The next time you watch the weather forecast is on television, see if you can point out where Orkney is.

Dolphins: ‘Pass the Ball, Grandad’ by Debbie White

Have a look at the title and the front cover.  Predict what you think might happen in this story.

Read the first chapter.

Tommy loves spending time with his grandad when it is just the two of them.  He likes listening to his stories and sharing a special meal together.  In your jotter, write about a special time you have shared or share regularly with a relative or family friend.  What are the things you do and why is it special to you?

Draw a picture to go along with what you have written.

Tigers: ‘My Bike Ride’ by Maoliosa Kelly

Read the title and have a look at the picture on the front. What do you think the story might be about? Why do you think that?  What is the rectangle-shaped board behind the little girl?  What might someone use that for?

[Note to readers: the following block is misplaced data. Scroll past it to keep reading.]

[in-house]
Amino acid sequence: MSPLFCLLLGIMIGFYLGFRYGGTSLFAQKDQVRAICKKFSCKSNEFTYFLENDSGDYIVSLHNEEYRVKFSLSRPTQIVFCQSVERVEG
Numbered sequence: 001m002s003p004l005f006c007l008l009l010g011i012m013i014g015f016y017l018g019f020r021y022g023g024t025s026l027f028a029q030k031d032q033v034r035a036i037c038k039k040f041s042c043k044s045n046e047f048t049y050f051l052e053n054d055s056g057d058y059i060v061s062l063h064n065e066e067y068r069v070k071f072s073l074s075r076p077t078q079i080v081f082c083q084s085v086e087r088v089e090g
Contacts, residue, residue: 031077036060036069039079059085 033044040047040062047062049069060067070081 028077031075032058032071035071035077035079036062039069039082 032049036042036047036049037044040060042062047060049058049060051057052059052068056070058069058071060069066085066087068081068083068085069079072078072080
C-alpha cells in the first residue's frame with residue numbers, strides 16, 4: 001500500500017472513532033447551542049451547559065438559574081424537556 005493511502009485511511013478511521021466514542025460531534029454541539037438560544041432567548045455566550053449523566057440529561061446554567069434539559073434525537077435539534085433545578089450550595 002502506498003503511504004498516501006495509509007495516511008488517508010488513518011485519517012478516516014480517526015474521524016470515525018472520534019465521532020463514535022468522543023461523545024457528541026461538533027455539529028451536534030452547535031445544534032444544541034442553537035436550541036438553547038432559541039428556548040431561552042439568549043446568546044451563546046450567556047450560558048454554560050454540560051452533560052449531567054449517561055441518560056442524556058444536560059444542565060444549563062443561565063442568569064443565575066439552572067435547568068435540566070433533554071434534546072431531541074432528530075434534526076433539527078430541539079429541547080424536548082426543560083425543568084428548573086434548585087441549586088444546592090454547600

Ask someone at home to read you the story today and talk about what’s happening in the pictures.

Ask someone at home to write the words ‘up, down, left, write’ in large writing on separate pieces of paper.

Read the word that someone holds up for you and show you know which one it is by jumping up, crouching down, moving left or right.

Cheetahs: ‘The Cat Who Wanted to Go Home’ by Jill Tomlinson

In your jotter, write today’s date and the title of your book.

Your task is to re-write some of the sentences using another word with the same or similar meaning.  The purpose of this task is to help you understand some of the tricky vocabulary.  You may write more than one word in the blank space, as long as the meaning / idea stays the same.

Here are your sentences.  Please copy the full sentence.